We examine whether debt covenant violations serve as an important determinant of material weaknesses in internal control over financial reporting. Motivated by the debt covenant hypothesis, we posit that the probability of ineffective internal control is expected to be significantly higher for firms with debt covenant violations than for firms without the violations. Equivalently, a covenant violation implies an increasingly unseen firm risk related to internal control ineffectiveness: violating firms can previously select inappropriate but undetected accounting techniques more extensively to delay the current covenant violation or exploit opportunistic accounting methods to prevent further debt covenant violations. Consistent with this notion, our empirical evidence indicates that firms violating debt covenants are more likely to have internal control weaknesses. We also uncover that the positive association between the violations and internal control weaknesses is more pronounced for firms that fail to remediate violations by fiscal year-end. Further, the connection between debt covenant violations and ineffective internal control intensifies with the severity of internal control problems. Our results are robust to a variety of controls, alternative measures, different disclosure regimes, and propensity score matching approach. Overall, our results suggest that debt covenant violations can serve as a risk factor of internal control breakdown.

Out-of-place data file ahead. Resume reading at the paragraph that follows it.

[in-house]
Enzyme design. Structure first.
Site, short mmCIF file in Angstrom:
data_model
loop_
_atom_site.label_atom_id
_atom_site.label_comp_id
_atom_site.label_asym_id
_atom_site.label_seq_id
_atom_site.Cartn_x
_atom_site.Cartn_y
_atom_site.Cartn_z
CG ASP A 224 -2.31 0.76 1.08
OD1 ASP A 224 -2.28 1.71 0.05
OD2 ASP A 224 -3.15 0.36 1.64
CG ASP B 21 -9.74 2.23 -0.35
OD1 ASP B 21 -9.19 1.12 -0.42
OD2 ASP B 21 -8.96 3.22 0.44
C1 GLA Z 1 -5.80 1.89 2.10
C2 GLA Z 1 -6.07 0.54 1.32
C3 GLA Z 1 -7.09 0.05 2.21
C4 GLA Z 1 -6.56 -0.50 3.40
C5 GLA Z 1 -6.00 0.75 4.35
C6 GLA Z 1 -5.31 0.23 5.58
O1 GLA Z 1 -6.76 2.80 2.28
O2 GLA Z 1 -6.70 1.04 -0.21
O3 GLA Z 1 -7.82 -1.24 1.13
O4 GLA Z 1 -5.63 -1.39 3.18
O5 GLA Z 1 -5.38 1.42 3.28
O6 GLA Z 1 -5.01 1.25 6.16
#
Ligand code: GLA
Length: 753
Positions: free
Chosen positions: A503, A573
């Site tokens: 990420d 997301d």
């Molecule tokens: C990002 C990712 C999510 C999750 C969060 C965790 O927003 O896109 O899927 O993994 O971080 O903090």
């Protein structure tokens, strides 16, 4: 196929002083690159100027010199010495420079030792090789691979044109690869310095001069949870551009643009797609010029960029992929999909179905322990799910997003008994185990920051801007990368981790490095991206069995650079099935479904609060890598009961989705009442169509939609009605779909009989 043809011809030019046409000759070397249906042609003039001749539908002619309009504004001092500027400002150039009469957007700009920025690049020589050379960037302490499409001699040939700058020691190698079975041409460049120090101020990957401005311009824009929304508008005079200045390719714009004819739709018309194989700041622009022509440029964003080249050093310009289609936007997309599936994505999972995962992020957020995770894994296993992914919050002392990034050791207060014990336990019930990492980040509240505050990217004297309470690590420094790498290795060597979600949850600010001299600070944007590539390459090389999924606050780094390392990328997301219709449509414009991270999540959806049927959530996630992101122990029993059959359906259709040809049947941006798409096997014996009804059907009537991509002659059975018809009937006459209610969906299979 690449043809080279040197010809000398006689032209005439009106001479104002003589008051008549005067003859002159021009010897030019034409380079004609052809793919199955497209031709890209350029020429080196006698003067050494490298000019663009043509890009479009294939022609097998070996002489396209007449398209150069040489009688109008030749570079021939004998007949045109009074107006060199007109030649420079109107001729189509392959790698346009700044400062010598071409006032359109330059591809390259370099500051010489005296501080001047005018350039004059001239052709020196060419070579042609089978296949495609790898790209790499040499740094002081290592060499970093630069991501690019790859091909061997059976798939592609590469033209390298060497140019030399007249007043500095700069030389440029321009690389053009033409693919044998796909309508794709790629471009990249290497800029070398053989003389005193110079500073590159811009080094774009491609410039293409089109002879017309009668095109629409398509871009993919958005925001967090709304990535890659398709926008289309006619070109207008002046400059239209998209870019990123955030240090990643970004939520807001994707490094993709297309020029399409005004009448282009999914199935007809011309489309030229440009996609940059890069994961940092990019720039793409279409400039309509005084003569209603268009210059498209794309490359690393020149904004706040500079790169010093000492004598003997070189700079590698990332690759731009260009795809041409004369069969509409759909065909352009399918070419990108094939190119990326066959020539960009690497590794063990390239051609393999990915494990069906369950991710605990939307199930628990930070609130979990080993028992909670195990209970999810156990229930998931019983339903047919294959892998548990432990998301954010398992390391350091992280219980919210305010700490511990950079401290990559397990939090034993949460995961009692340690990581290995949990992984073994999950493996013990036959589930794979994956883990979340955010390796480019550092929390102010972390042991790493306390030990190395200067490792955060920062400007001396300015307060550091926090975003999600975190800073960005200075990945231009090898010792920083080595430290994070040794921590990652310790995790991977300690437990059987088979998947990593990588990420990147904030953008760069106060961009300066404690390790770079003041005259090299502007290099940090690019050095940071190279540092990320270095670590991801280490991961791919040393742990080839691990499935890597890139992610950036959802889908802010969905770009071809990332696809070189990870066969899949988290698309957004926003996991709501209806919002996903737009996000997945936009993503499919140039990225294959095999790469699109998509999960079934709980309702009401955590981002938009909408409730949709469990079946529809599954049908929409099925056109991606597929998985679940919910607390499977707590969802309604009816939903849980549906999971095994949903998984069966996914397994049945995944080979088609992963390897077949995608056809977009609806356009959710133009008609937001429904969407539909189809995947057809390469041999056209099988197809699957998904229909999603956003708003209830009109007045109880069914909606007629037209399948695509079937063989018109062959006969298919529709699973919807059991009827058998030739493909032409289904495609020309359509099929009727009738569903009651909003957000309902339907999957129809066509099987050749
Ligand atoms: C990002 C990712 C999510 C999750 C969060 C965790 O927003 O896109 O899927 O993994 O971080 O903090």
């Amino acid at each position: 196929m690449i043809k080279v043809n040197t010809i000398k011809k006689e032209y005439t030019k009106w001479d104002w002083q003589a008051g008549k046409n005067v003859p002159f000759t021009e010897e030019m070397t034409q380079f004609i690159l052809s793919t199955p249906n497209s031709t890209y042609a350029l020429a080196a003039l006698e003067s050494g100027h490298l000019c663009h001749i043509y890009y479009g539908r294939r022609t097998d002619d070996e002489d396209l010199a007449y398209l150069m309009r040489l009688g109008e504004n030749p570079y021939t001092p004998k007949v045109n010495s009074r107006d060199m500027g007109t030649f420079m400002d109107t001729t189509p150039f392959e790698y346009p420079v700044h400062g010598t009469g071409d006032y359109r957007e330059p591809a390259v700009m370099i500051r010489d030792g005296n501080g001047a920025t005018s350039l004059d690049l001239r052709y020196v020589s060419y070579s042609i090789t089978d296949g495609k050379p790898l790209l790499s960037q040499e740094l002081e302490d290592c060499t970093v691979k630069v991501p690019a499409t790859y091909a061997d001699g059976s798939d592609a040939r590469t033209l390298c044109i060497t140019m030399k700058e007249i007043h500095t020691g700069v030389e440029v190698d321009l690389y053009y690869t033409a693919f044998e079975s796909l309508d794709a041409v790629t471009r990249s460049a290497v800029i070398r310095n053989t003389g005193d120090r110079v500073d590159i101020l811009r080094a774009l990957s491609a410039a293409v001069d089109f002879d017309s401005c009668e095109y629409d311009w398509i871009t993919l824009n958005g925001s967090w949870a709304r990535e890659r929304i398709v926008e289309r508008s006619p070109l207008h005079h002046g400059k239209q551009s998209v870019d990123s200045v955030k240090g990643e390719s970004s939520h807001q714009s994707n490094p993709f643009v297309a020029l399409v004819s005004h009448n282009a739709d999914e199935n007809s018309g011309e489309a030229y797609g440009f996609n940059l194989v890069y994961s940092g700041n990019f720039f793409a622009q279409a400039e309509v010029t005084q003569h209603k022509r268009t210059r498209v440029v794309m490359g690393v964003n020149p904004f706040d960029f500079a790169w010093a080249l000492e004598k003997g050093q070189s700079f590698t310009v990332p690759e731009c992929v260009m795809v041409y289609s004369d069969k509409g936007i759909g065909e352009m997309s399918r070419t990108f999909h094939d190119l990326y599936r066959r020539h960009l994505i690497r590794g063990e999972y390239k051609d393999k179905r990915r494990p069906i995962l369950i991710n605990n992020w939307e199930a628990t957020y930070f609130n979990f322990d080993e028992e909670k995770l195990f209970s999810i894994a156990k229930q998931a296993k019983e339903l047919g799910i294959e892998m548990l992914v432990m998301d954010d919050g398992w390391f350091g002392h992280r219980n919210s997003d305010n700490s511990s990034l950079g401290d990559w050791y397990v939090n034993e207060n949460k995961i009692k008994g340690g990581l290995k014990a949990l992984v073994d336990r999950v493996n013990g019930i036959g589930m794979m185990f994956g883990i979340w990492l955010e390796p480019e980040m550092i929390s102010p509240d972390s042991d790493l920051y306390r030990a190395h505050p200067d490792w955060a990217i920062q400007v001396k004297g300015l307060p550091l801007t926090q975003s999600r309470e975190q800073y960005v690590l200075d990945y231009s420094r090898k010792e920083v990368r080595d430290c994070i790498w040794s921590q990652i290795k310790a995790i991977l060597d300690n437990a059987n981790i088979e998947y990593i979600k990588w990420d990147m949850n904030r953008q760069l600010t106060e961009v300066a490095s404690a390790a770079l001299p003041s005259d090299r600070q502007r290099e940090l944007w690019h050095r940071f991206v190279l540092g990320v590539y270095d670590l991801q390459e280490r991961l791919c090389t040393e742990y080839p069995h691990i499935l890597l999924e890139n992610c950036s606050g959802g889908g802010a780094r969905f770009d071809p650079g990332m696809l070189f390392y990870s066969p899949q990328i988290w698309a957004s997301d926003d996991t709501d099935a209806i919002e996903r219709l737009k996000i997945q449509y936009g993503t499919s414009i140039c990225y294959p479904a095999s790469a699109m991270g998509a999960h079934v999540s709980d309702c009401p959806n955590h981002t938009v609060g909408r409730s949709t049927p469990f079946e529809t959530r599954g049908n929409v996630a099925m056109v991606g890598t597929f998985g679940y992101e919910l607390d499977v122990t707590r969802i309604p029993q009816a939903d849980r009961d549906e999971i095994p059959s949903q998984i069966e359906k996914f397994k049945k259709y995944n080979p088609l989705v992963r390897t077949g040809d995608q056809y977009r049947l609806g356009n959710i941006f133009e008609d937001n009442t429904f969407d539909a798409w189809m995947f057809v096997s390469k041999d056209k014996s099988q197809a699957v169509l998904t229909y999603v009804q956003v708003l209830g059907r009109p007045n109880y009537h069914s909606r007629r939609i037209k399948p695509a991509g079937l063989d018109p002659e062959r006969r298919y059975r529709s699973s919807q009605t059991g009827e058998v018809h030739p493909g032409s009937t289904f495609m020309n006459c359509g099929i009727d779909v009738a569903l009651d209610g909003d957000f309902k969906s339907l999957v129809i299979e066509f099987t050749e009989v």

All Science Journal Classification (ASJC) codes
- Business, Management and Accounting(all)